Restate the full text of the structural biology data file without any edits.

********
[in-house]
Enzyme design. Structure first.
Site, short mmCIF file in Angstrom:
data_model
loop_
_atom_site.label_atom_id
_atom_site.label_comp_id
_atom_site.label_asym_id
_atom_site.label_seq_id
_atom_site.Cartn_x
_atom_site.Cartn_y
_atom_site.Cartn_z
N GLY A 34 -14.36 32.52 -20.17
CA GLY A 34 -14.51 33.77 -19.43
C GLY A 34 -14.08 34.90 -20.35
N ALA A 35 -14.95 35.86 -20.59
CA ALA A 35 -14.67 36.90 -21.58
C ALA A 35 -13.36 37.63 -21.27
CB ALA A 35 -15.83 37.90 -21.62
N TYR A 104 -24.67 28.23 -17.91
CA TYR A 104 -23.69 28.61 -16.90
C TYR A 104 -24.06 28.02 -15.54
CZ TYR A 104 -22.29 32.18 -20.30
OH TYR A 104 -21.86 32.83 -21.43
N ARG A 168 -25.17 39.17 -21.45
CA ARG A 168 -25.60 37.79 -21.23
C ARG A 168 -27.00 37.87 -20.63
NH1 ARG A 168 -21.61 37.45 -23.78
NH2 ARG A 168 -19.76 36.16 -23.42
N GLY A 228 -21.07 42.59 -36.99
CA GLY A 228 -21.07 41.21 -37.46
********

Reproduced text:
[in-house]
Enzyme design. Structure first.
Site, short mmCIF file in Angstrom:
data_model
loop_
_atom_site.label_atom_id
_atom_site.label_comp_id
_atom_site.label_asym_id
_atom_site.label_seq_id
_atom_site.Cartn_x
_atom_site.Cartn_y
_atom_site.Cartn_z
N GLY A 34 -14.36 32.52 -20.17
CA GLY A 34 -14.51 33.77 -19.43
C GLY A 34 -14.08 34.90 -20.35
N ALA A 35 -14.95 35.86 -20.59
CA ALA A 35 -14.67 36.90 -21.58
C ALA A 35 -13.36 37.63 -21.27
CB ALA A 35 -15.83 37.90 -21.62
N TYR A 104 -24.67 28.23 -17.91
CA TYR A 104 -23.69 28.61 -16.90
C TYR A 104 -24.06 28.02 -15.54
CZ TYR A 104 -22.29 32.18 -20.30
OH TYR A 104 -21.86 32.83 -21.43
N ARG A 168 -25.17 39.17 -21.45
CA ARG A 168 -25.60 37.79 -21.23
C ARG A 168 -27.00 37.87 -20.63
NH1 ARG A 168 -21.61 37.45 -23.78
NH2 ARG A 168 -19.76 36.16 -23.42
N GLY A 228 -21.07 42.59 -36.99
CA GLY A 228 -21.07 41.21 -37.46